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Few Nevada DACA participants asking for legal assistance

Legal aid groups that ramped up to help Nevada’s DACA participants renew work permits as the deadline to do so approaches say demand for the assistance has been much lower than anticipated.

It’s estimated that up to 3,000 of Nevada’s 13,000 Deferred Action for Childhood Arrivals program participants are eligible to renew their work permits for two more years because their work authorizations will expire before March 5. They are required to act by Oct. 5 or will lose their DACA status as soon as it expires.

Still, the legal aid groups say fewer than 100 people statewide have received free legal assistance.

“We were expecting a lot more,” said Martha Menendez, an immigration attorney for the Las Vegas office of the City of New York’s Citizenship Now program. She has two legal aides trained to fill out DACA forms and assist with renewal services through Sept. 29, but as of Friday, only seven people had asked the office for help.

Michael Kagan, director of the UNLV Immigration Clinic, said the 66 volunteers there had processed 24 renewals and had more 18 scheduled.

Reasons unclear

The reasons behind the low turnout are not clear.

It’s possible some of the young undocumented immigrants brought to the United States as children are scared to provide their personal information to the Trump administration, which announced the six-month phaseout of DACA on Sept. 5, the groups say. They point out, though, that the federal government would already have their information on file from their initial applications.

It’s also possible they are balking because of the $495 application fee to U.S. Citizenship and Immigration Services to renew their DACA status. Lawyers can waive their fees for legal assistance, but the application fee stands.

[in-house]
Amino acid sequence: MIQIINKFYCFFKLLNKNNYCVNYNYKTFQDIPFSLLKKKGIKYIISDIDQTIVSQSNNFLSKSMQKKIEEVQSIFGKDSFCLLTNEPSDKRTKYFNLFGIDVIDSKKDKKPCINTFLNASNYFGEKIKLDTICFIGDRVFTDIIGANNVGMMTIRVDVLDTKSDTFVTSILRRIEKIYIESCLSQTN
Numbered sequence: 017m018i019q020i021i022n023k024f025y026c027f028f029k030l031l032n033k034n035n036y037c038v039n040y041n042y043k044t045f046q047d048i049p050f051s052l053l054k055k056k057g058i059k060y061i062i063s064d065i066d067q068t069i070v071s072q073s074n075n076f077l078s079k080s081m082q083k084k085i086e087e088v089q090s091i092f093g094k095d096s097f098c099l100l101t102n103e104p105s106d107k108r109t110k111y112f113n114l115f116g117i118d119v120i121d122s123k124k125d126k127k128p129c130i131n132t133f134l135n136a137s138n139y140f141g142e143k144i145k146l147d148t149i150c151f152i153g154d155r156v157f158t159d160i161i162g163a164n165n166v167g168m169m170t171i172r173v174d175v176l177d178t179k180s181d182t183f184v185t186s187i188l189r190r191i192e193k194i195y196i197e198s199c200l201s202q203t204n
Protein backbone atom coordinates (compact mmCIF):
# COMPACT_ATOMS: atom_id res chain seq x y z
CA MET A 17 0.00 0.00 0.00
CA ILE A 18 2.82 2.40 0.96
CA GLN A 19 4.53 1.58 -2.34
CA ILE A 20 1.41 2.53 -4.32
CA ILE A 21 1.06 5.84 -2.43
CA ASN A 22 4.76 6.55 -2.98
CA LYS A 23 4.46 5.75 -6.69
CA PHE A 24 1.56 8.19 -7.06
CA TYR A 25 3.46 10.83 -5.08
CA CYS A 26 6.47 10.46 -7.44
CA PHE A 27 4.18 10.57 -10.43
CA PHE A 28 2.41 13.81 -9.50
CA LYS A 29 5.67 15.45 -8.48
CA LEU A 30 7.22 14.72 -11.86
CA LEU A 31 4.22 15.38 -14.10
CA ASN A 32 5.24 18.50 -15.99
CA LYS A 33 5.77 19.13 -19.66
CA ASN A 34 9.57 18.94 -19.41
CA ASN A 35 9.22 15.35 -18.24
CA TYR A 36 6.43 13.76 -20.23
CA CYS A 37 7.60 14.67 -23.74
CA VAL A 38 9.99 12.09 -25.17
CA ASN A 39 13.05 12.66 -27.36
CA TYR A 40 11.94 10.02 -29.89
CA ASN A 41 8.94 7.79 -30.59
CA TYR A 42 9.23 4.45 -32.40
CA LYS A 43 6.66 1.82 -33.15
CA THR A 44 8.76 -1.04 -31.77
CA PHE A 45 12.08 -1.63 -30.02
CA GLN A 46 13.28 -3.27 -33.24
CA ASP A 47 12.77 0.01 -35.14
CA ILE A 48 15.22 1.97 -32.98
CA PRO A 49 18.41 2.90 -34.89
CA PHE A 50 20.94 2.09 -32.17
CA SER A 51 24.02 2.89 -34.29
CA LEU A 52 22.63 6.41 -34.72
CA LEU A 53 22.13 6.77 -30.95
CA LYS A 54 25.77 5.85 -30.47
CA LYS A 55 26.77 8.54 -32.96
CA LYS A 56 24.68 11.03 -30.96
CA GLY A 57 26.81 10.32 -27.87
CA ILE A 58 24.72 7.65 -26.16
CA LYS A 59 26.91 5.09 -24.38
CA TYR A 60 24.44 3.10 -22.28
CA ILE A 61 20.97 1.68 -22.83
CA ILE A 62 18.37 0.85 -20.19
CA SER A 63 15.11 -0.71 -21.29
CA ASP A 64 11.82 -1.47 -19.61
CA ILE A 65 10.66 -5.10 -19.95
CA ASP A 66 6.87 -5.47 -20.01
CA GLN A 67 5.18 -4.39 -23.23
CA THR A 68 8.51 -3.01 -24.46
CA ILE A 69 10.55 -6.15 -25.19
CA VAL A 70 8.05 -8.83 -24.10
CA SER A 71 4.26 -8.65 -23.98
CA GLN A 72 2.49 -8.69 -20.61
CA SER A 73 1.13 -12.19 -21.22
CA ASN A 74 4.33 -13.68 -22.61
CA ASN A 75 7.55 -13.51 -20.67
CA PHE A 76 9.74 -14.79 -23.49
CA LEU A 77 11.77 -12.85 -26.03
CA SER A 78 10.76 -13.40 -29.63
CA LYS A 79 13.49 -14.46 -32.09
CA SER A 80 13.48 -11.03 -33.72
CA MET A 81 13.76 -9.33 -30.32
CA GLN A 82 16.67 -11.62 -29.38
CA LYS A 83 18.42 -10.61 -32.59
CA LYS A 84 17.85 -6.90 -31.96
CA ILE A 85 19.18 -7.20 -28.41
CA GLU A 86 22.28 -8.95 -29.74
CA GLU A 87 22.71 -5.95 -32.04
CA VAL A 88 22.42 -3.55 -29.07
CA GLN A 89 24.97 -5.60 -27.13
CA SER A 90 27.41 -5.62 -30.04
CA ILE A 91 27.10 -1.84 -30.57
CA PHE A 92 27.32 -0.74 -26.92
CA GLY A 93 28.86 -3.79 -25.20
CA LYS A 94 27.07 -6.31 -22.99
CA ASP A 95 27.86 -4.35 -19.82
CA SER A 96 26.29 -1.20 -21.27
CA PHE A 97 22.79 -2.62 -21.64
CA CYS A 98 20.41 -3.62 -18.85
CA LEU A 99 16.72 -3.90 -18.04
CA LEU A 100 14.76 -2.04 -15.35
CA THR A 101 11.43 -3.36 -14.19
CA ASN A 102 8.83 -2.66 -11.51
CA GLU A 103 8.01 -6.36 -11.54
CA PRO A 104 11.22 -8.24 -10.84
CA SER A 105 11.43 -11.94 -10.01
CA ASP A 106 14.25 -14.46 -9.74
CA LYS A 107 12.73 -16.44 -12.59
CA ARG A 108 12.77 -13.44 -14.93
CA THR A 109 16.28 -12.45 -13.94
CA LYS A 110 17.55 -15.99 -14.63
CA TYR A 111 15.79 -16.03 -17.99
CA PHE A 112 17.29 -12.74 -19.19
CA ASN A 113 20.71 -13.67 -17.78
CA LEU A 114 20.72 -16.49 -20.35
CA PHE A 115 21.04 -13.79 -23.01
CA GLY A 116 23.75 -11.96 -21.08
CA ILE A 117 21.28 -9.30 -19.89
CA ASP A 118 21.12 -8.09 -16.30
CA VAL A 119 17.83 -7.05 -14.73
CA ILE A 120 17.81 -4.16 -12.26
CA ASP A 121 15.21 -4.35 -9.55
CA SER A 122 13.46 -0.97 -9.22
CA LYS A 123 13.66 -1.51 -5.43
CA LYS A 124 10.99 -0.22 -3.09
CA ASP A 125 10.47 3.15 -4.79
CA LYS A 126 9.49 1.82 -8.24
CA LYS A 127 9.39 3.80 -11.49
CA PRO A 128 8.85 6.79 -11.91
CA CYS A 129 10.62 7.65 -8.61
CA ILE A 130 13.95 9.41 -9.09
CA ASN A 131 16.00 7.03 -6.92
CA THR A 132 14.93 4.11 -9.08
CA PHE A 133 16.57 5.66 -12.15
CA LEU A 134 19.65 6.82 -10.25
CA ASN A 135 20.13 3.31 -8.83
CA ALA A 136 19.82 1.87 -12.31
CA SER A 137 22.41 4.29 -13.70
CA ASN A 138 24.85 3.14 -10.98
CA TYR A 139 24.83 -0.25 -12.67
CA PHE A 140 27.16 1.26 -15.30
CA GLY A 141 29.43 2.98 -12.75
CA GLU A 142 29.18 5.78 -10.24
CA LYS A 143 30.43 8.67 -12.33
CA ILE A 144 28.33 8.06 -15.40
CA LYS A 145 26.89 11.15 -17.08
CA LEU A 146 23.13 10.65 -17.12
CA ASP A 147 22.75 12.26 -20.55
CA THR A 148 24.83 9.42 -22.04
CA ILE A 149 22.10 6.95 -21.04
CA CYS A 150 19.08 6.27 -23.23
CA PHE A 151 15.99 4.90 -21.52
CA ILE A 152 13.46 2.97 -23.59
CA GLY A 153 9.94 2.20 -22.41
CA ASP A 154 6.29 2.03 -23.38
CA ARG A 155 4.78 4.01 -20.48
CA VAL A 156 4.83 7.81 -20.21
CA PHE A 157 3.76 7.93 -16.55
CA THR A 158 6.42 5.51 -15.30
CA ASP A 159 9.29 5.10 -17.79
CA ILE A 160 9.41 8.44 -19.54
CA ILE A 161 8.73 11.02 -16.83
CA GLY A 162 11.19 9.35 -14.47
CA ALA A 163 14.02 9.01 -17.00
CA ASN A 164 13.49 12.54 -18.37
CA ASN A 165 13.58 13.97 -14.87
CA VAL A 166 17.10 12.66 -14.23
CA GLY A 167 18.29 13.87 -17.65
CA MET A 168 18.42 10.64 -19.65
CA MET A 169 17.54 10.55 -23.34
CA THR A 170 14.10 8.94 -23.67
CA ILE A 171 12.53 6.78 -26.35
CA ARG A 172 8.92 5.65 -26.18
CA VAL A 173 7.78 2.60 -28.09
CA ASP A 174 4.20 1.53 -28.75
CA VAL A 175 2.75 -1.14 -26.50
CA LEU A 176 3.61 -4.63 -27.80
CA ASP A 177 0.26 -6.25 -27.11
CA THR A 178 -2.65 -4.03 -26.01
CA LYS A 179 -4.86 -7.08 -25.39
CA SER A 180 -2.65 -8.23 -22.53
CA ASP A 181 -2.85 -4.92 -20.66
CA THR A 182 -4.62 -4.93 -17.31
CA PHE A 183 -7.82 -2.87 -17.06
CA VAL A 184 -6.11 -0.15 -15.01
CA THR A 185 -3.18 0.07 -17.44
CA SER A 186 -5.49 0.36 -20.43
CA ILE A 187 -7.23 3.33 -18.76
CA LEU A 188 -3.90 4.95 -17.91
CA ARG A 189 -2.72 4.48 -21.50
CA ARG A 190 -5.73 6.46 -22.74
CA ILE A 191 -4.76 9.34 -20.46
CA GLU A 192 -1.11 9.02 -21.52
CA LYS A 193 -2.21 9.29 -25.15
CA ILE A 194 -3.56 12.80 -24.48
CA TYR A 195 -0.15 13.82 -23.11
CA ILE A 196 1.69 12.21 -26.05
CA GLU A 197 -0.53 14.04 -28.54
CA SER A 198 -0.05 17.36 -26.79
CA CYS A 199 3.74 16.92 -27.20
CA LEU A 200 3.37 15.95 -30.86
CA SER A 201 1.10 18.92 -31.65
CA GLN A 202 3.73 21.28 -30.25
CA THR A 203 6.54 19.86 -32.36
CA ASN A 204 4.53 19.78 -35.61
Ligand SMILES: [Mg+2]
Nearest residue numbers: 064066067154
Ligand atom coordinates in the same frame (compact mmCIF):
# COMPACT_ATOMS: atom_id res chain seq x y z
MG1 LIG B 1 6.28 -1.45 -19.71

The Citizenship Now office and UNLV clinic also have fielded calls from DACA participants who aren’t eligible to reapply for renewal, though Kagan said his staff has received only a few such inquiries.

People also could be applying without legal aid or just be procrastinating, Kagan said.

“All of these (reasons) are probably true for someone,” he said. “When we see lower demand than expected, it’s very hard for us to get firm information about what’s going on.”

Laura Martin, communications director for the Progressive Leadership Alliance of Nevada, which advocates for social and environmental issues, said her organization and partners like the ACLU of Nevada and Mi Familia Vota have been advertising on radio, television and social media and distributing flyers to raise awareness of the free legal aid to DACA participants.

Despite that, around a dozen people attended a DACA information session at UNLV on Saturday, she said.

“I’m just not sure how many other different ways we could get the word out there,” Martin said.

She contrasted the recent response with the surge of interest after DACA was enacted through an Obama administration executive order in 2012. At the time, she recalled, undocumented young adults interested in getting involved swarmed the PLAN office off West Sahara Avenue near South Rancho Drive.

Consequences of expiration

The groups said DACA participants will face consequences if they simply let their legal status expire.

“They’ll go back to being what their status was before: undocumented,” Menendez said. Work permits will expire on or before March 5 if they aren’t renewed for two years. Driver’s licenses will slowly expire, too.

The Social Security numbers given to DACA participants are for life, but Menendez said she wasn’t aware of any government benefits that could be obtained using one.

“It’s just an identifier,” she said. “They’ll be able to use it to pay their taxes.”

Kagan said he expects demand to grow as the Oct. 5 application deadline approaches. He urges eligible participants to apply by Oct. 2 to ensure their paperwork reaches immigration authorities in time.

Contact Jessie Bekker at jbekker@reviewjournal.com or 702-380-4563. Follow @jessiebekks on Twitter.

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